Terms Glossary

Good Party's Terms Glossary is a list of definitions of words from the political and elections world. These terms are from an independent's perspective with an eye toward reform. If you have a suggestion for a new definition, send it to ask@goodparty.org.

Open Primary

An open primary is a type of primary election in which any registered voter can participate, regardless of their political party affiliation. This means that voters do not have to be a member of a specific party to vote in that party's primary. Open primaries have become increasingly popular in recent years as a way to increase voter participation and reduce the influence of party insiders.

In the United States, open primaries are currently used in several states, including California, Washington, and Louisiana. For example, in California, the top two candidates from the primary election, regardless of party, move on to the general election. This has led to an increase in the number of independent and third-party candidates appearing on the general election ballot.

Open primaries have been shown to increase voter turnout, as well as produce more moderate candidates. In a study by FairVote, states that used open primaries had an average voter turnout of 28%, compared to 19% for states with closed primaries. Additionally, candidates in open primary states are more likely to appeal to a wider range of voters, rather than just their party base.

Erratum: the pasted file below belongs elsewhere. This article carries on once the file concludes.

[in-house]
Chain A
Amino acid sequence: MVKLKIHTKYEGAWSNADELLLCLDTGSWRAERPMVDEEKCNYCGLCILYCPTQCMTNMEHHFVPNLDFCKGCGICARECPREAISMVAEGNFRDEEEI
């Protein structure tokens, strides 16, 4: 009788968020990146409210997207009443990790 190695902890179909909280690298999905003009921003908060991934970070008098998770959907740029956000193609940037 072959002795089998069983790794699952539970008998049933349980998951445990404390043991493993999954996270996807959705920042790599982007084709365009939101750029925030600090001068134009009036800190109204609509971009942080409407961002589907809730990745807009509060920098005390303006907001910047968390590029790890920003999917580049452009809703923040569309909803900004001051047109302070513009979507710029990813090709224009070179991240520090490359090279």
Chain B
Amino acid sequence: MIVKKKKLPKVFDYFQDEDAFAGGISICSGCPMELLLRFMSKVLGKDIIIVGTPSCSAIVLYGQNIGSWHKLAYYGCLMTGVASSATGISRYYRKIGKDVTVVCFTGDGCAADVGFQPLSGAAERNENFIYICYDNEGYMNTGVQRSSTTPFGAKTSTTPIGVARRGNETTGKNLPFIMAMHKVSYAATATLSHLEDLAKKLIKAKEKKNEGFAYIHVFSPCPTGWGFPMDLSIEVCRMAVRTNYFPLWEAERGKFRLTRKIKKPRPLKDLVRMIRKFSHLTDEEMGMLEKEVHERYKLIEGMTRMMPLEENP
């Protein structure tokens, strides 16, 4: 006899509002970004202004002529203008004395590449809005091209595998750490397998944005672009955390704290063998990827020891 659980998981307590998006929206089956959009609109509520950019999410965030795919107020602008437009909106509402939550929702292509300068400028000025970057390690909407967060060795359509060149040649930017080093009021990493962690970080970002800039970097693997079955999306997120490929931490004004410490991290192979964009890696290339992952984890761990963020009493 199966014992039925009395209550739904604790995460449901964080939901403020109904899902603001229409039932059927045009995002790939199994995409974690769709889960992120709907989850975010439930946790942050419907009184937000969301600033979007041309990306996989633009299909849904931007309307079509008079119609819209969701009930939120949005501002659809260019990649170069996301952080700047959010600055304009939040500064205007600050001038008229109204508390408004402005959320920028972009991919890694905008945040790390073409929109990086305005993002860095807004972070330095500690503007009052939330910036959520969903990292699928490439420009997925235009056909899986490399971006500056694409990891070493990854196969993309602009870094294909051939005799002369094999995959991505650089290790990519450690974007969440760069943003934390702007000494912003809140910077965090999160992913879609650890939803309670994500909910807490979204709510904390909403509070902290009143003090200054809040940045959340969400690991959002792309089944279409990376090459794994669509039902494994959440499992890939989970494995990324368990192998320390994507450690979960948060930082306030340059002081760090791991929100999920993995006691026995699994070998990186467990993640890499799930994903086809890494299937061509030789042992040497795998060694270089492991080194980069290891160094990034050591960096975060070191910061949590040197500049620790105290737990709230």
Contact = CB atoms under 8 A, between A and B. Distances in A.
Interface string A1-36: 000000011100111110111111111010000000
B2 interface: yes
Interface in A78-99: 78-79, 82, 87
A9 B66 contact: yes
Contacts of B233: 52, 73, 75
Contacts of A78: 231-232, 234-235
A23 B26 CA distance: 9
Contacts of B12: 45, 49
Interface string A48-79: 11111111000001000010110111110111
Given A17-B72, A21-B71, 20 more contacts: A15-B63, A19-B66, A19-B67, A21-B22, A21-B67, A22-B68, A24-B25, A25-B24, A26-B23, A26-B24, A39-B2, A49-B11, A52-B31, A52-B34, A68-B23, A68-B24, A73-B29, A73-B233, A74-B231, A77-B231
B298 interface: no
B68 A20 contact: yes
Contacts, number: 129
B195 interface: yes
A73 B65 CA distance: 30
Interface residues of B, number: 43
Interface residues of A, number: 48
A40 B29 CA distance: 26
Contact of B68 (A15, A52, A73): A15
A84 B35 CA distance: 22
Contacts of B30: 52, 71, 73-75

One of the key benefits of open primaries is that they give more power to the voters, rather than party insiders. With open primaries, all registered voters have a say in who appears on the general election ballot, regardless of their party affiliation. This can lead to a more representative government, as well as more competitive elections.

In summary, open primary is a way of conducting primary elections where all registered voters, regardless of political affiliation, can participate. It is used in several states in the US and has been shown to increase voter turnout and produce more moderate candidates. It gives more power to the voters and can lead to more representative government and more competitive elections.